You are on page 1of 2

82 F.

3d 403

NOTICE: First Circuit Local Rule 36.2(b)6 states unpublished

opinions may be cited only in related cases.
Andrew P. LORE, Plaintiff, Appellant,
Marvin T. RUNYON, POSTMASTER General, United States
Service Agency and Vincent Sombrotto, President
National Association of Letter Carriers,
Defendants, Appellees.
No. 95-2152.

United States Court of Appeals, First Circuit.

April 19, 1996.


District Judge ]
Andrew P. Lore on brief pro se.
Donald K. Stern, United States Attorney, and George B. Henderson, II,
Assistant U.S. Attorney, on brief for Marvin T. Runyon, Postmaster
General, appellee.
Peter D. DeChiara, Cohen, Weiss and Simon, Christopher N. Souris, and
Feinberg, Charnas & Birmingham, P.C. on brief for Vincent R.
Sombrotto, appellee.
Before TORRUELLA, Chief Judge, CYR and STAHL, Circuit Judges.
Per Curiam.

Appellant Andrew Lore appeals from the grant of summary judgment in favor
of Marvin Runyon, Jr., the United States Postmaster General, and Vincent
Sombrotto, President of the National Association of Letter Carriers (NALC).
We affirm for the following reasons.

1. To the extent Lore's suit was based on the claim that the United States Postal
Service failed to pay him fully for his military leave in 1993 and that NALC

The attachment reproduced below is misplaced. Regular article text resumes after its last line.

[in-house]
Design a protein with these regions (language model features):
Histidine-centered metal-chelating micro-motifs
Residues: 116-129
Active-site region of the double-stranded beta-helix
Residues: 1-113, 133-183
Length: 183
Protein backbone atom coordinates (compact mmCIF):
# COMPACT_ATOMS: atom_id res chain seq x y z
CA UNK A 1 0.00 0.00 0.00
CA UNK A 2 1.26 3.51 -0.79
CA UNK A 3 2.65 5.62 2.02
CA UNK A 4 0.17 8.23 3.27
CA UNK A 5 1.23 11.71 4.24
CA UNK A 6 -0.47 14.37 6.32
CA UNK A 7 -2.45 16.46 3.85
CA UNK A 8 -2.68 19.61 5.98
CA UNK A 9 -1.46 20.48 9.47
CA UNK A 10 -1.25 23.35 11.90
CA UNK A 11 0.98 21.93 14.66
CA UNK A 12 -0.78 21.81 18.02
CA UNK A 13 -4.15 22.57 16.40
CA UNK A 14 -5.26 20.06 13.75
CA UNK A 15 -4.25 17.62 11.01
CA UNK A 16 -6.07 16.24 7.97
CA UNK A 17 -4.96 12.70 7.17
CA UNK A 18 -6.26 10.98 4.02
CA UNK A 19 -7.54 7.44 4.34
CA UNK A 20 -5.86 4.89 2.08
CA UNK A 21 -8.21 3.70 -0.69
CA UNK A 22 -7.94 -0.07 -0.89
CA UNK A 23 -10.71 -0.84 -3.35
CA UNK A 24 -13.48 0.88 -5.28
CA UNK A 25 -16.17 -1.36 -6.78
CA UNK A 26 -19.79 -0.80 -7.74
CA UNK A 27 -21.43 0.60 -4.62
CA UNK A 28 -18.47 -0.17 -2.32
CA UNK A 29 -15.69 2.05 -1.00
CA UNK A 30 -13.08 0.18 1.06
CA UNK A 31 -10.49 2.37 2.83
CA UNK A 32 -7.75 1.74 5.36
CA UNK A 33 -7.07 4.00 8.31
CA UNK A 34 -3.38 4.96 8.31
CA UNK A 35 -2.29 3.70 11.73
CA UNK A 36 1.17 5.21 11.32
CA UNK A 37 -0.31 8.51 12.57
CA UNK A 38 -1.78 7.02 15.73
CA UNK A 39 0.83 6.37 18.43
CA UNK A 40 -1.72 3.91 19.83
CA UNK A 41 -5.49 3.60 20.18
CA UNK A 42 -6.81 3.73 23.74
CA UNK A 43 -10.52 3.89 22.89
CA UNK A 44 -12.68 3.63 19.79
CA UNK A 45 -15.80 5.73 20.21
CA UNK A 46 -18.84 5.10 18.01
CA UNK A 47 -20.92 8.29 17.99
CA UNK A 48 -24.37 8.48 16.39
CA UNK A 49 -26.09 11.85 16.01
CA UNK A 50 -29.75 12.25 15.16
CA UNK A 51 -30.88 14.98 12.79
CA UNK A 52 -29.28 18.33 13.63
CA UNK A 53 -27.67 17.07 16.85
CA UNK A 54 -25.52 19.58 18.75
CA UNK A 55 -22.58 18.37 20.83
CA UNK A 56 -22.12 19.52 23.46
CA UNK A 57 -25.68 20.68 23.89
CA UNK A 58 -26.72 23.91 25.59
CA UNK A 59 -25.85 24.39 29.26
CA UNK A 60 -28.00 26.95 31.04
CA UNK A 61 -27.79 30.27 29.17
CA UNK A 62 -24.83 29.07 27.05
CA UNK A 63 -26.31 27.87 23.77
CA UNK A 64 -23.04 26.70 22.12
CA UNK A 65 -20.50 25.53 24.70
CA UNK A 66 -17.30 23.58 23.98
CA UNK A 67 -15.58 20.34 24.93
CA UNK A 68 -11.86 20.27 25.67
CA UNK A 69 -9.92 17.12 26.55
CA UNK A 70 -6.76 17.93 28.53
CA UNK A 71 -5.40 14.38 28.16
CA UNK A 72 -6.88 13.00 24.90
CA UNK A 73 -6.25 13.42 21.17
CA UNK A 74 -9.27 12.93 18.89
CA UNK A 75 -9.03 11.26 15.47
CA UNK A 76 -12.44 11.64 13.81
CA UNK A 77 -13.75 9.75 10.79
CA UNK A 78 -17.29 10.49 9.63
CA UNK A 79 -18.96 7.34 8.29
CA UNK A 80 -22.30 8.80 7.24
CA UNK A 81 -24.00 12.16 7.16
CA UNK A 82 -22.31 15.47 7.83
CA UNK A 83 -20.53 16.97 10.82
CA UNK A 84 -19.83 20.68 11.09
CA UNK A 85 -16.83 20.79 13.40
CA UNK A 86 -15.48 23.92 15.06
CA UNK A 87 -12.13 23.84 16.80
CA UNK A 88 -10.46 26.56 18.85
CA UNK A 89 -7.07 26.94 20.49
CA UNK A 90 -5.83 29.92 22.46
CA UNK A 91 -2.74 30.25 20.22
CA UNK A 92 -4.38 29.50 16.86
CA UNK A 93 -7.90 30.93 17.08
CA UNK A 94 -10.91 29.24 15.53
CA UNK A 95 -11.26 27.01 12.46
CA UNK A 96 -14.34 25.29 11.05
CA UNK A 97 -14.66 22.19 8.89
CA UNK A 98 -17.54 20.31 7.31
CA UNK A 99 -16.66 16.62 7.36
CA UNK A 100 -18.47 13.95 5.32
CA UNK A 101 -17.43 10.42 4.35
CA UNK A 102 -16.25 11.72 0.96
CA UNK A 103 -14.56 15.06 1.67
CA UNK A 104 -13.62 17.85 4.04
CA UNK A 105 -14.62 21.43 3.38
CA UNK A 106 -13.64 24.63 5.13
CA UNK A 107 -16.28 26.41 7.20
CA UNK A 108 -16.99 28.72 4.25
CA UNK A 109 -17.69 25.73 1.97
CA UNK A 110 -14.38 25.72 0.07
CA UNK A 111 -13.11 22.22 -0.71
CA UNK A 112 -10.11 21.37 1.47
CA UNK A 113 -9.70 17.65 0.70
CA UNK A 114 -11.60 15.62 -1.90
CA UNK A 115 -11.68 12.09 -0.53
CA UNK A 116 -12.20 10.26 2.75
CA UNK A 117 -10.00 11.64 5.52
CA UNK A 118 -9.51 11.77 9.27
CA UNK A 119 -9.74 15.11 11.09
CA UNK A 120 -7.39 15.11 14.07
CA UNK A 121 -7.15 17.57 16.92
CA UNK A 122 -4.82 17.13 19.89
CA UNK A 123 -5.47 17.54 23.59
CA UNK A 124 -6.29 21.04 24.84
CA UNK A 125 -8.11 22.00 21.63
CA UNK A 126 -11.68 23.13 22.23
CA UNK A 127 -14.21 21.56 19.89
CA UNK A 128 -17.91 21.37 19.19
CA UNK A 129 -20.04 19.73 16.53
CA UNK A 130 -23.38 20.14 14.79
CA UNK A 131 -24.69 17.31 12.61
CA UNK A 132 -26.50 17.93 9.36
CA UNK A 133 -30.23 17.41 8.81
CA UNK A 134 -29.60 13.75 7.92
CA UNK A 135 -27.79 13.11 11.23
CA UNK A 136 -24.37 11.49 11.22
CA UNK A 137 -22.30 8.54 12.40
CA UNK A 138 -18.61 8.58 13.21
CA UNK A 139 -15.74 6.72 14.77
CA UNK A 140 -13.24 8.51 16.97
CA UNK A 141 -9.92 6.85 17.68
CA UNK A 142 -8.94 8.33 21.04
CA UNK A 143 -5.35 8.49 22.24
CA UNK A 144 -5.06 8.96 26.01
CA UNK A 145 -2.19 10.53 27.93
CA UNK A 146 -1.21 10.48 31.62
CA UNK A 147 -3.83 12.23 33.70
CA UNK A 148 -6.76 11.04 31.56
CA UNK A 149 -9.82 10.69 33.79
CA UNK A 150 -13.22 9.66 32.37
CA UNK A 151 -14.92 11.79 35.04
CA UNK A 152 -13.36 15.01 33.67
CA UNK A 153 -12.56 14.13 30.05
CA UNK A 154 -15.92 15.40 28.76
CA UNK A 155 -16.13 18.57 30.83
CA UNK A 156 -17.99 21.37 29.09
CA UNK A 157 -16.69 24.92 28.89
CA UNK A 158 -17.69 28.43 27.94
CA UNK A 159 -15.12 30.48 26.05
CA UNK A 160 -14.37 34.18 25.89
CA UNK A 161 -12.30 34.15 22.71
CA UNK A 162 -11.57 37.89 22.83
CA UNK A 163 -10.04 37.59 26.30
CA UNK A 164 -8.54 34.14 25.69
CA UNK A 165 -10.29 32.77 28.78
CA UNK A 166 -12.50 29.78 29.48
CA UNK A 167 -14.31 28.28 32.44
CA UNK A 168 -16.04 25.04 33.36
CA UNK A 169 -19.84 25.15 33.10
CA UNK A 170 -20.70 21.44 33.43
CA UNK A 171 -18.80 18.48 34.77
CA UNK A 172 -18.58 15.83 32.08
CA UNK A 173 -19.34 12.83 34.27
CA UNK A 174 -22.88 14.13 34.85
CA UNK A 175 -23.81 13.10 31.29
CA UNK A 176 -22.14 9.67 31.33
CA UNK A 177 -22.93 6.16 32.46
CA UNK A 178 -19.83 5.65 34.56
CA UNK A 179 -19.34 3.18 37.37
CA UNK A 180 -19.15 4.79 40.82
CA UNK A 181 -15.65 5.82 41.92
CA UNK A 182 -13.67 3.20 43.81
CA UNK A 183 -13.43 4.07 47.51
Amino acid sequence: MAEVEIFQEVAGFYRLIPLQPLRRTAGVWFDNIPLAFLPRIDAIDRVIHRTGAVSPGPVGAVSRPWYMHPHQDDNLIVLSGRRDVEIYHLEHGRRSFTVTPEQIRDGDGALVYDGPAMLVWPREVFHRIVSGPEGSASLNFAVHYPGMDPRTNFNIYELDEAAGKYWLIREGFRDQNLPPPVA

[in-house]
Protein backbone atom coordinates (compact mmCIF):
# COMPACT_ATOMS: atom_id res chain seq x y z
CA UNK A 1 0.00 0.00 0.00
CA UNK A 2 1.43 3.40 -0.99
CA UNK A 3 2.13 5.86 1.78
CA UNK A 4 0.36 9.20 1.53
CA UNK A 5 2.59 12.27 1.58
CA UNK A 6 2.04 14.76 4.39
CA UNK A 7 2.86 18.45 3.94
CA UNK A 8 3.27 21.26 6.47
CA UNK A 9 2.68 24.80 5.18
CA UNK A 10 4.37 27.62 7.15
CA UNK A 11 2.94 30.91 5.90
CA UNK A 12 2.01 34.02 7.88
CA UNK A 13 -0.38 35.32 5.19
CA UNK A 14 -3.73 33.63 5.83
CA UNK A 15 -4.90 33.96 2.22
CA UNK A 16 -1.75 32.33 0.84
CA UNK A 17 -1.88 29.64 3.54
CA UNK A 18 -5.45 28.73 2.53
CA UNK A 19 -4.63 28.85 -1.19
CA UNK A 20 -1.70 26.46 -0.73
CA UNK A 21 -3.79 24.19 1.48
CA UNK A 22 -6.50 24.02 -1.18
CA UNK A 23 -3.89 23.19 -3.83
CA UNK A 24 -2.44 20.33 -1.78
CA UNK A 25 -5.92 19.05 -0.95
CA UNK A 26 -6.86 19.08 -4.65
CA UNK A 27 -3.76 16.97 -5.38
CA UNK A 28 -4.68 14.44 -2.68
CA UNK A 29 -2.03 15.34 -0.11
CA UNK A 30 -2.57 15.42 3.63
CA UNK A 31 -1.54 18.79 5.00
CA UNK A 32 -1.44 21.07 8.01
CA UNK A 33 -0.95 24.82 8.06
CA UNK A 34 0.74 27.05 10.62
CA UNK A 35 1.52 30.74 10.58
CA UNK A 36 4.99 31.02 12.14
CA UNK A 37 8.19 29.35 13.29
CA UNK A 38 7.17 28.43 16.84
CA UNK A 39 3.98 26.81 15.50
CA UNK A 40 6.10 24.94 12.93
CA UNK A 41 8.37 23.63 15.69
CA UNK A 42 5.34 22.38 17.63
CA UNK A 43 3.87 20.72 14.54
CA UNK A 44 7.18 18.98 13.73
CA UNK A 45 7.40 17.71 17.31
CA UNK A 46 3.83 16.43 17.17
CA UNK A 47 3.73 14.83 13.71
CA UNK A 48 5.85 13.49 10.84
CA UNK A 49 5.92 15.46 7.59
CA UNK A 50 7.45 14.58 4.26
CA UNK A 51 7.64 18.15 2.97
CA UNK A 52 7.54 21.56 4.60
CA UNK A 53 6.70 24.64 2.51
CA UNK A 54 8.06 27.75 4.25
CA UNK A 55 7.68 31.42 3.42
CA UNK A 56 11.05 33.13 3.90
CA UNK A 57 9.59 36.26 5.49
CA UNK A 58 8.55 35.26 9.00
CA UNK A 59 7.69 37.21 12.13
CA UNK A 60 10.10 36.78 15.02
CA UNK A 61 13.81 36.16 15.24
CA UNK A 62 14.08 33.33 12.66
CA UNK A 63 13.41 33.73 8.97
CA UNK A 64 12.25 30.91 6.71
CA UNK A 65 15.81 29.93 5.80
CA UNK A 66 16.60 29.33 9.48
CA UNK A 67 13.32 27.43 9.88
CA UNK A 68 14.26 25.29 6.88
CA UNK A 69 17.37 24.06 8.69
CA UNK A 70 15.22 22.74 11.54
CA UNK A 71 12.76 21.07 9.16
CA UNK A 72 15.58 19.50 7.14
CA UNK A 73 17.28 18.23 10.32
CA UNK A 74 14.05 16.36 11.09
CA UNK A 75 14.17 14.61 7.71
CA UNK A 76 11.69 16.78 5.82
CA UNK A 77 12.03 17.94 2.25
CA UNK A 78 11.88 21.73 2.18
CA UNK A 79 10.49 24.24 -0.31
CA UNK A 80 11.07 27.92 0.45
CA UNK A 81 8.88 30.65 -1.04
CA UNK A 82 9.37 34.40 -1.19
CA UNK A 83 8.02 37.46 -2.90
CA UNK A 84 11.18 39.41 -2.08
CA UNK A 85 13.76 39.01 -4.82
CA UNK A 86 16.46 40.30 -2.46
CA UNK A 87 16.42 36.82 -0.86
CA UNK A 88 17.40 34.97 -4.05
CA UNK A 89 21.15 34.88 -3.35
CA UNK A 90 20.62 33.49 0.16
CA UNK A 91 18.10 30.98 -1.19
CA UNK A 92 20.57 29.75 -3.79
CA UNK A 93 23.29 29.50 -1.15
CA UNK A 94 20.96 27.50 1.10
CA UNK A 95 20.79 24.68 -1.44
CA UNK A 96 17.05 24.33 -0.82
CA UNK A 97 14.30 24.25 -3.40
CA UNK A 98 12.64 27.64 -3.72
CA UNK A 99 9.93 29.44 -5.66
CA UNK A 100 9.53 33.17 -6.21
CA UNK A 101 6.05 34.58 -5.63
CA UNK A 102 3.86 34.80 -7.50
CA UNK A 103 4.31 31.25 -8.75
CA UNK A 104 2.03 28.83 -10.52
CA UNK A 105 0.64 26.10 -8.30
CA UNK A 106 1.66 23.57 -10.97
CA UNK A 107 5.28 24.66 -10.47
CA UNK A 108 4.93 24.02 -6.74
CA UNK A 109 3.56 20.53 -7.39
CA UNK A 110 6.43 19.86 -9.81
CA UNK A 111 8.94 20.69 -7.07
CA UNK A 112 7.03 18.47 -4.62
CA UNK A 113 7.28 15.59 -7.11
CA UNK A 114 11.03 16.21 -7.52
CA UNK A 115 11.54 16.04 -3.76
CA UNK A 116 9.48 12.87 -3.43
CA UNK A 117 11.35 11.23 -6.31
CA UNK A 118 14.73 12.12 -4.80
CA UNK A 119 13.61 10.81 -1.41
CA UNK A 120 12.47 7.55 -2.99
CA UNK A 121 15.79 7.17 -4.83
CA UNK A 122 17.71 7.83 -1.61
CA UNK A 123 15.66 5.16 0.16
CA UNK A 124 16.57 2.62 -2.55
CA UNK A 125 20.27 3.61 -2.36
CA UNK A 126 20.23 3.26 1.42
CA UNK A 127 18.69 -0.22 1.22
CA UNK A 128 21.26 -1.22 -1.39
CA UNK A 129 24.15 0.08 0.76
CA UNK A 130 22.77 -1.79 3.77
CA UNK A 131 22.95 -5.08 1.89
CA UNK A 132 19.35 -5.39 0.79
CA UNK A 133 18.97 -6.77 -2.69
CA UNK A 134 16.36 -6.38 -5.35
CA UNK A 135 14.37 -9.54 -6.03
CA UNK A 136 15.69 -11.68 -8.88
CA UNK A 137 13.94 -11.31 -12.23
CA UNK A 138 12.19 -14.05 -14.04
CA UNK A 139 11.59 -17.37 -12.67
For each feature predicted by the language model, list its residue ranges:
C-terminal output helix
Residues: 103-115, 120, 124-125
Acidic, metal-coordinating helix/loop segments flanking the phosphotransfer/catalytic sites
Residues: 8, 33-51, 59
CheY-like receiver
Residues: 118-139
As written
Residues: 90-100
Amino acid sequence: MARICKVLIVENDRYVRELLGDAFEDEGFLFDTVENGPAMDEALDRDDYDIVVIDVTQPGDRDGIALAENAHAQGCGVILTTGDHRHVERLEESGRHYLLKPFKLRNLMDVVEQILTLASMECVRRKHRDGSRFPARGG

refused to arbitrate that issue, it was time-barred, as the district court correctly
explained in its order dated September 15, 1995. We note as well that Lore
offered no evidence showing that NALC's refusal to arbitrate was arbitrary,
discriminatory or undertaken in bad faith. See Miller v. U.S. Postal Service, 985
F.2d 9, 11 (1st Cir.1993) (a union breaches its duty of fair representation only if
its conduct is arbitrary, discriminatory or in bad faith) (quotation marks and
citation omitted). To the contrary, NALC submitted evidence showing that its
decision not to arbitrate was reasonable and undertaken in good faith. Hence,
Lore's claims against appellees were meritless. See id. (a plaintiff's failure to
establish the union's unfair representation defeats his connected breach of
contract claim against his employer).

2. To the extent Lore's suit asserted that the Postal Service had breached its
collective bargaining agreement by deducting time spent on military leave from
his annual leave without his prior consent and that NALC had not vigorously
arbitrated that issue, it was dismissable for failure to exhaust available
contractual remedies. See Hayes v. New England Millwork Distributors, Inc.,
602 F.2d 15, 18 (1st Cir.1979). At the time Lore filed suit, arbitration on the
annual leave issue was pending. Lore has not described or documented any
specific action or inaction by NALC which unreasonably delayed the
arbitration and which might excuse his obligation to exhaust his contractual

3. Lore's claim of discrimination did not assert discrimination on the basis of a

protected status, but amounted essentially to a claim that the Postal Service had
treated him differently than it had treated another employee. Such a claim is not
actionable. See Jensen v. Frank, 912 F.2d 517, 520-21 (1st Cir.1990).